To answer the question as to whether the Patels granting of the use of their home to the fire department was the granting of a partial interest in the property, the Tax Court looked to Virginia state law, which provides that the term “land” includes any home or building on the property.

Based on this definition, because the Patels contributed an interest in a building that is part of the underlying land under State law but retained all title to and interest in the remaining land, the Patels donated less than their entire interest in the land. As a result, the Patels would not be allowed a charitable contribution deduction unless the donated interest fell within the following exceptions of section 170(f)(3)(B):

 (B) Exceptions.–Subparagraph (A) shall not apply to–

(i) a contribution of a remainder interest in a personal residence or farm,

(ii) a contribution of an undivided portion of the taxpayer’s entire interest in property, and

(iii) a qualified conservation contribution.

 The Tax Court made quick work of the first and third exclusions, holding that the contribution of the home was neither the contribution of a remainder interest in a personal residence (because the fire department never had any interest in the house) nor a qualified conservation contribution (because the use by the fire department did not qualify as “conservation.”)

The crux of the decision, however, was whether the contribution of the home was a contribution of an undivided portion of the Patels’ entire interest in the home. The regulations provide the following guidance:

An undivided portion of a donor’s entire interest in property must consist of a fraction or percentage of each and every substantial interest or right owned by the donor in such property and must extend over the entire term of the donor’s interest in such property and in other property into which such property is converted. For example * * * . * * * If a taxpayer owns 100 acres of land and makes a contribution of 50 acres to a charitable organization, the charitable contribution is allowed as a deduction under section 170.[i]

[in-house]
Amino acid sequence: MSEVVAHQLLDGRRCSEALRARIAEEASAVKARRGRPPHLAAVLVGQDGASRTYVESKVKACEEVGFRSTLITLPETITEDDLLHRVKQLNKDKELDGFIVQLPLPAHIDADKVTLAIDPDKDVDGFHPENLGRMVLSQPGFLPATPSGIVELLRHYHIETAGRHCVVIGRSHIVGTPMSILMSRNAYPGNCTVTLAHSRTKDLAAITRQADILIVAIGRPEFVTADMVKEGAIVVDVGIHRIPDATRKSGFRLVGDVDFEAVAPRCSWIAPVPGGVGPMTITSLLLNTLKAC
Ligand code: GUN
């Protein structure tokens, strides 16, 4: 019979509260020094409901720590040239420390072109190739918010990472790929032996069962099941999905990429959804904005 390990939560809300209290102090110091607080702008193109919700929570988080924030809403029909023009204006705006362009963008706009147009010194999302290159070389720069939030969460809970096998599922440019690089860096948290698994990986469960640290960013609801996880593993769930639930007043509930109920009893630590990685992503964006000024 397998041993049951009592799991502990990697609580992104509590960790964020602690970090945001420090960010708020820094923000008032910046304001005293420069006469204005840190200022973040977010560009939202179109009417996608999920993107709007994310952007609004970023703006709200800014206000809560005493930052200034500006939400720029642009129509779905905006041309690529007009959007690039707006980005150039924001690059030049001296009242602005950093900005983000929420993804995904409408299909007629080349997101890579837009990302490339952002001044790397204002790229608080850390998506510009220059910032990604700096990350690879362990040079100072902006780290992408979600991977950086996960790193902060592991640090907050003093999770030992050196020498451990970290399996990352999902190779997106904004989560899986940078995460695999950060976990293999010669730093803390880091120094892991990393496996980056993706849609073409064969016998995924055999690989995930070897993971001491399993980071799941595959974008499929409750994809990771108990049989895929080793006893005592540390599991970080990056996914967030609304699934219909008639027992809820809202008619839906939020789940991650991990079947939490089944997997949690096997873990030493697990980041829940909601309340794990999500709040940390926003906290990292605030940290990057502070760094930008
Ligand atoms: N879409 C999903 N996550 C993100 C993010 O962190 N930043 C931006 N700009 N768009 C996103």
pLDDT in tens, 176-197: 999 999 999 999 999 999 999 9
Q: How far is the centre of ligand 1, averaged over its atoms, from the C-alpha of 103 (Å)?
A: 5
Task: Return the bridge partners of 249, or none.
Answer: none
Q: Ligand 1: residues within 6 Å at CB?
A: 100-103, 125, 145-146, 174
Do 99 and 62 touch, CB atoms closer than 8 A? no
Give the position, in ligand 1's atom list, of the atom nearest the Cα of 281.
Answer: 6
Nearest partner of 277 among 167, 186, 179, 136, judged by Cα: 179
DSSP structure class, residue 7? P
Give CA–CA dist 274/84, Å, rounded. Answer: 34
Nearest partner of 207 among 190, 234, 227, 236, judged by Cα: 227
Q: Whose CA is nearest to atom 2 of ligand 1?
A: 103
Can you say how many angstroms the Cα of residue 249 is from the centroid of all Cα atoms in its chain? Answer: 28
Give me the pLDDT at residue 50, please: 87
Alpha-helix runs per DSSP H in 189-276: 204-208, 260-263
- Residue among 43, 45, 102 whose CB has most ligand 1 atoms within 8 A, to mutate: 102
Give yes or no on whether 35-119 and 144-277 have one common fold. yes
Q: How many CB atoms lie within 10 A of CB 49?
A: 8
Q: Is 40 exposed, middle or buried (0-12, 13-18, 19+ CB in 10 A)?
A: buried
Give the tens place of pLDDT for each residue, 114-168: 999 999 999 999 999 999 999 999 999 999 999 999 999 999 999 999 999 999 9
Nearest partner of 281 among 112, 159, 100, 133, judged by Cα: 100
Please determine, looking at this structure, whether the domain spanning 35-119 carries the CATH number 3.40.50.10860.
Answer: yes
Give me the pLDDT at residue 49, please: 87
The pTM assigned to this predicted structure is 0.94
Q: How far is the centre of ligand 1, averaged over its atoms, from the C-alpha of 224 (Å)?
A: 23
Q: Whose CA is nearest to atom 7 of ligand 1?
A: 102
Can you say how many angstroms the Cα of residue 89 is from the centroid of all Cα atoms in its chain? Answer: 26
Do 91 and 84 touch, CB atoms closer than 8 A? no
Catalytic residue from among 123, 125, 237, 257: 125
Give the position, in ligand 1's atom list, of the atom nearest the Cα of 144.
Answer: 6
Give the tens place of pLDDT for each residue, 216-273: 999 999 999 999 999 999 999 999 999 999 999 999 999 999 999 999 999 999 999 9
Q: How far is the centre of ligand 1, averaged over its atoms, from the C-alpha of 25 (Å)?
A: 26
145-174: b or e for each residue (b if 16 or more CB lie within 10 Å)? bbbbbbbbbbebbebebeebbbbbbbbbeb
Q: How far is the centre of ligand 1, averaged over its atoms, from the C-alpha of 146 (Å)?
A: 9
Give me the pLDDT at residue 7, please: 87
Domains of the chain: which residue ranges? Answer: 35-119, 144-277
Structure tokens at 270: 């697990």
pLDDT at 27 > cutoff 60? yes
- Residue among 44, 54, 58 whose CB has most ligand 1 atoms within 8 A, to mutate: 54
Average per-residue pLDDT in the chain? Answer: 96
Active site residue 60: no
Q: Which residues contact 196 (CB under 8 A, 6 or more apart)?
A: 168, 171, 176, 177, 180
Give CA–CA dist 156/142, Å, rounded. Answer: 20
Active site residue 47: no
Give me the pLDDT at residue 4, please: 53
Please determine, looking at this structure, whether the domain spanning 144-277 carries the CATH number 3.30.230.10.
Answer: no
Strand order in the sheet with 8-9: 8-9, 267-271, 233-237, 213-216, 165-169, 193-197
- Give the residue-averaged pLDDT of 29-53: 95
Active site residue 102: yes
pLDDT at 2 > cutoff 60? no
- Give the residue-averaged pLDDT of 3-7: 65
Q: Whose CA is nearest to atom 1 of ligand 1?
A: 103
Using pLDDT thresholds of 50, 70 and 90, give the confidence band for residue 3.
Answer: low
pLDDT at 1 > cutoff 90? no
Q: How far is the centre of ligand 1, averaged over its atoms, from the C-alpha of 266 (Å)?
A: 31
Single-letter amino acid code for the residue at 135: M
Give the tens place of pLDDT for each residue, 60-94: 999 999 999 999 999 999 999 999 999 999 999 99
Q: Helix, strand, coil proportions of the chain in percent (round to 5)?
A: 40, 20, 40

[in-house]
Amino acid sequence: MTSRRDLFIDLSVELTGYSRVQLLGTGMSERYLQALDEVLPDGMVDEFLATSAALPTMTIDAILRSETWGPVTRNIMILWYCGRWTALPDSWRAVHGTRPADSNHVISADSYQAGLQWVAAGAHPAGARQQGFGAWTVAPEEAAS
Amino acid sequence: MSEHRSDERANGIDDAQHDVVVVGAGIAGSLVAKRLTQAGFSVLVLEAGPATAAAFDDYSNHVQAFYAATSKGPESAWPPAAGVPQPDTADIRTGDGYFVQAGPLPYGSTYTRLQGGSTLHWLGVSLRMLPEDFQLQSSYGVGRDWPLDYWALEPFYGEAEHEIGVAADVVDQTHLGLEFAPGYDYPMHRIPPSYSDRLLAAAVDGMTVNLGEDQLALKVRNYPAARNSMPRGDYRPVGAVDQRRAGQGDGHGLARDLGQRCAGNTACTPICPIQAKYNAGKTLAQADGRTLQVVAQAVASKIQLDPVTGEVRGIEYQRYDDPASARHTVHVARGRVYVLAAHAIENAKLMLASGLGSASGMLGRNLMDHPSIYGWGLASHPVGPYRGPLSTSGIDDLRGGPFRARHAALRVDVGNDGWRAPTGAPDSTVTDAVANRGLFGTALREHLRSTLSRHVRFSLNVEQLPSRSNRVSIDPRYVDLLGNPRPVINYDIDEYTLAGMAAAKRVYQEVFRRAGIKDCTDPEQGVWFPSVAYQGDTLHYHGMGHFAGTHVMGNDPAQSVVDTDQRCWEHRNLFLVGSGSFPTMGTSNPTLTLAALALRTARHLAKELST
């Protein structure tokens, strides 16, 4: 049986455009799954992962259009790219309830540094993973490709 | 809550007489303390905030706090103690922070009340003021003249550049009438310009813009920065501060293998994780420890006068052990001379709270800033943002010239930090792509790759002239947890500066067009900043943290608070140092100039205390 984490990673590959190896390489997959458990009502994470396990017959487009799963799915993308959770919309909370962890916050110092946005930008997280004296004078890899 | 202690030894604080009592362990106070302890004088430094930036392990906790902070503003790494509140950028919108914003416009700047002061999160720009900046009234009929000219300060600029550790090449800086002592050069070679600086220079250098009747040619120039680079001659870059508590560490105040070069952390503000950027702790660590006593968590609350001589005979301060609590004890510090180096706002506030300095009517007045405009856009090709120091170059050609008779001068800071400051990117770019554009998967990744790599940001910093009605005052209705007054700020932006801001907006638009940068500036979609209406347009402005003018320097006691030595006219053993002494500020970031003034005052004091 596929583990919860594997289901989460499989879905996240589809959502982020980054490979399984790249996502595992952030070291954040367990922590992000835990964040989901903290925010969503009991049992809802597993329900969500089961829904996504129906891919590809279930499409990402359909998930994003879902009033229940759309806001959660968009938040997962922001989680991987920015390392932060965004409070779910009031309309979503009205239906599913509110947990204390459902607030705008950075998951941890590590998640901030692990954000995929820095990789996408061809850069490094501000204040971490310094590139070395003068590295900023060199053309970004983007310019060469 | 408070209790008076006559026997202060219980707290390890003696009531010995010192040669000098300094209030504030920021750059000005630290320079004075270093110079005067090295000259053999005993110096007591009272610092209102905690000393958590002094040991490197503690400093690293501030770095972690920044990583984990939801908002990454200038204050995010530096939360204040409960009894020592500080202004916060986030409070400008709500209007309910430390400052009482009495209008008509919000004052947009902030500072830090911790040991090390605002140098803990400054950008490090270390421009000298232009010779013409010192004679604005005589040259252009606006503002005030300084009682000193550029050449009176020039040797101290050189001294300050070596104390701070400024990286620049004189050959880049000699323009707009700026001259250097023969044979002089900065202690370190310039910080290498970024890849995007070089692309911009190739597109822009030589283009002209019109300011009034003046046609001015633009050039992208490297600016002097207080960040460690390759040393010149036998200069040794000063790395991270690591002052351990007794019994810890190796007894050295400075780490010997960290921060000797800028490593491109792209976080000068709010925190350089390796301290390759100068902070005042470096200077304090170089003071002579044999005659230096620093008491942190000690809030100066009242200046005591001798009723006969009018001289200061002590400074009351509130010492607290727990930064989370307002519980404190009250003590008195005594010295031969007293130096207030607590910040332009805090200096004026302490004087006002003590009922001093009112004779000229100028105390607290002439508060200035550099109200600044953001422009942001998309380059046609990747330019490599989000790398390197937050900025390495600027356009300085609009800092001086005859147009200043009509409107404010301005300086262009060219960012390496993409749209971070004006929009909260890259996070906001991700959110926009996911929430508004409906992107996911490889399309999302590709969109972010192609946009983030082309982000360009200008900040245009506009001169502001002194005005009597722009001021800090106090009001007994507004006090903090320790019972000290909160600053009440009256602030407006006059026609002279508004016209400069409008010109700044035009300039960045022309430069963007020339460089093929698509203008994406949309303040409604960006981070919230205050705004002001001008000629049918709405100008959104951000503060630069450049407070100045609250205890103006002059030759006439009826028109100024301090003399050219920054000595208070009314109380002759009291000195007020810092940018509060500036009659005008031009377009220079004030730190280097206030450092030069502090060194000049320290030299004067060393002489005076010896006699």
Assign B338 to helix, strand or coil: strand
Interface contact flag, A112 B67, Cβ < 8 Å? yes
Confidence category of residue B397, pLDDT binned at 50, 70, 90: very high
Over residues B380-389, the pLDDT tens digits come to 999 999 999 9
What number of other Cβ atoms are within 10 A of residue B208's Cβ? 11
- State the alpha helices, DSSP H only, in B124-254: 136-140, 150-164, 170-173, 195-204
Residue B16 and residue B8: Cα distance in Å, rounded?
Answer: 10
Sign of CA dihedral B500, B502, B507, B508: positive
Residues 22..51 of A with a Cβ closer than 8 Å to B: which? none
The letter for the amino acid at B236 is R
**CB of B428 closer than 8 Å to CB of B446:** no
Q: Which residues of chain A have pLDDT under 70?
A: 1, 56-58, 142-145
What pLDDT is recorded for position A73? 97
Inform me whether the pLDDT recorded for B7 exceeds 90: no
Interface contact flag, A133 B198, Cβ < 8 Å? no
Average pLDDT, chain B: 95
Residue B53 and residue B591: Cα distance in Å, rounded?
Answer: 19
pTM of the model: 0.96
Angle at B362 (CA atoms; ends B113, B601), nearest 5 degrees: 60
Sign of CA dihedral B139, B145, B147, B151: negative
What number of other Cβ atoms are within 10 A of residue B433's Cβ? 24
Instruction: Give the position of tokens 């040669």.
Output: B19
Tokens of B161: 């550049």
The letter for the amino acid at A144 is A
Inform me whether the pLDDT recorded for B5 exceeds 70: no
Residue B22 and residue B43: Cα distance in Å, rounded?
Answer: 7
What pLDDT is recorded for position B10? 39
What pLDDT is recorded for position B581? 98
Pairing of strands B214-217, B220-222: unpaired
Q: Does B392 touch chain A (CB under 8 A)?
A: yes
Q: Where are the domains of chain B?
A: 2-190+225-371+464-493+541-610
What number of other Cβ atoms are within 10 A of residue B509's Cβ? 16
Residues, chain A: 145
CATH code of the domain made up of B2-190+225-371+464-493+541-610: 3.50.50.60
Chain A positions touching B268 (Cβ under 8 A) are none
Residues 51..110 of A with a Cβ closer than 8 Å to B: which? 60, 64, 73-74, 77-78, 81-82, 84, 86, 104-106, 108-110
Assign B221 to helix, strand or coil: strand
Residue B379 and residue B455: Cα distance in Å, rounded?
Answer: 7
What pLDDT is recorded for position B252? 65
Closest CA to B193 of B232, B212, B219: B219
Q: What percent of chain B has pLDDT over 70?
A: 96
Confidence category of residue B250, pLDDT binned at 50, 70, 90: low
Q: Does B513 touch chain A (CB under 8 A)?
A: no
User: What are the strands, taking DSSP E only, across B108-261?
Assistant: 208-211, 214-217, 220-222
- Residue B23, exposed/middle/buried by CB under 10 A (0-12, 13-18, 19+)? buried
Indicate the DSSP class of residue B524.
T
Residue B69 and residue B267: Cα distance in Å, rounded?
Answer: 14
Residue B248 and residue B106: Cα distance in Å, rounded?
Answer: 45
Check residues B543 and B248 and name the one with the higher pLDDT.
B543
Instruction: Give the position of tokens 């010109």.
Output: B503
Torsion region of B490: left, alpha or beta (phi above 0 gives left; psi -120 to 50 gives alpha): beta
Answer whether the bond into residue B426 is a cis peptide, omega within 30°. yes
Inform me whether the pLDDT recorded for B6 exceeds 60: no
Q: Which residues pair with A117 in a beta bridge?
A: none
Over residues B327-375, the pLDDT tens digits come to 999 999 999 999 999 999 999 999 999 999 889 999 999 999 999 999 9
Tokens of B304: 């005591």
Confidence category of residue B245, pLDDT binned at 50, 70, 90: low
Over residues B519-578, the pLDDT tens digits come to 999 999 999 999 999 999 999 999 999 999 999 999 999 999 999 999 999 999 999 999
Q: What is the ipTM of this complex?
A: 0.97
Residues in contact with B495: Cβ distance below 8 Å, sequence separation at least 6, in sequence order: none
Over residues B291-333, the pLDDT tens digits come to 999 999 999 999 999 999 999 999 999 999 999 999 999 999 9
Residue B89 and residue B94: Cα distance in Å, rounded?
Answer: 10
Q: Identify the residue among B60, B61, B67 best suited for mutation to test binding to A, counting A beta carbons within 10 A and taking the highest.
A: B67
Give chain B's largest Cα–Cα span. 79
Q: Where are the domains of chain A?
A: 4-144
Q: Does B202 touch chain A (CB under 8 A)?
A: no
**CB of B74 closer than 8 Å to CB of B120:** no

In reaching its conclusion to deny the deduction, the Tax Court held that the transfer of the home was not the transfer of an undivided interest in the property, because upon closer inspection, there was not a transfer of any part of the Patels’ interest in the home, because the benefits and burdens of owning the home were never transfered to the fire department. Instead, the court likened the use of the building by the fire department to a license:

 Granting a fire department the right to destroy the building while conducting training exercises on the property is not a conveyance of ownership, title, or possession of the building or any other property interest in the building or the Vienna property. Rather it is a mere license to use the property. Granting a fire department the right to conduct training exercises on one’s property and destroy a building thereon by fire grants the fire department the right “to do an act which without such authority would be illegal, a tort, or a trespass”.

 The fire department does not acquire the right to eject the landowner from the building and cannot force the landowner to allow the destruction of the building should he change his mind before the house has been destroyed. The fire department has acquired a mere revocable license that does not vest any property interest in the fire department.  

 It’s important to note, the Tax Court was not unified in its opinion. Justice Gale dissented, taking umbrage with the majority’s contention that the donation of the home to the fire department was merely a license. Gale argued that in a typical license arrangement, there is an understanding that the property will be returned to the grantor of the license subject to normal wear and tear. By permitting the fire department to destroy the building, the Patels formally transferred their property interests to the fire department. Once the fire department destroyed the home, Gale posited, the Patels retained no substantial interest in the home, and thus would have transferred an undivided interest in the property.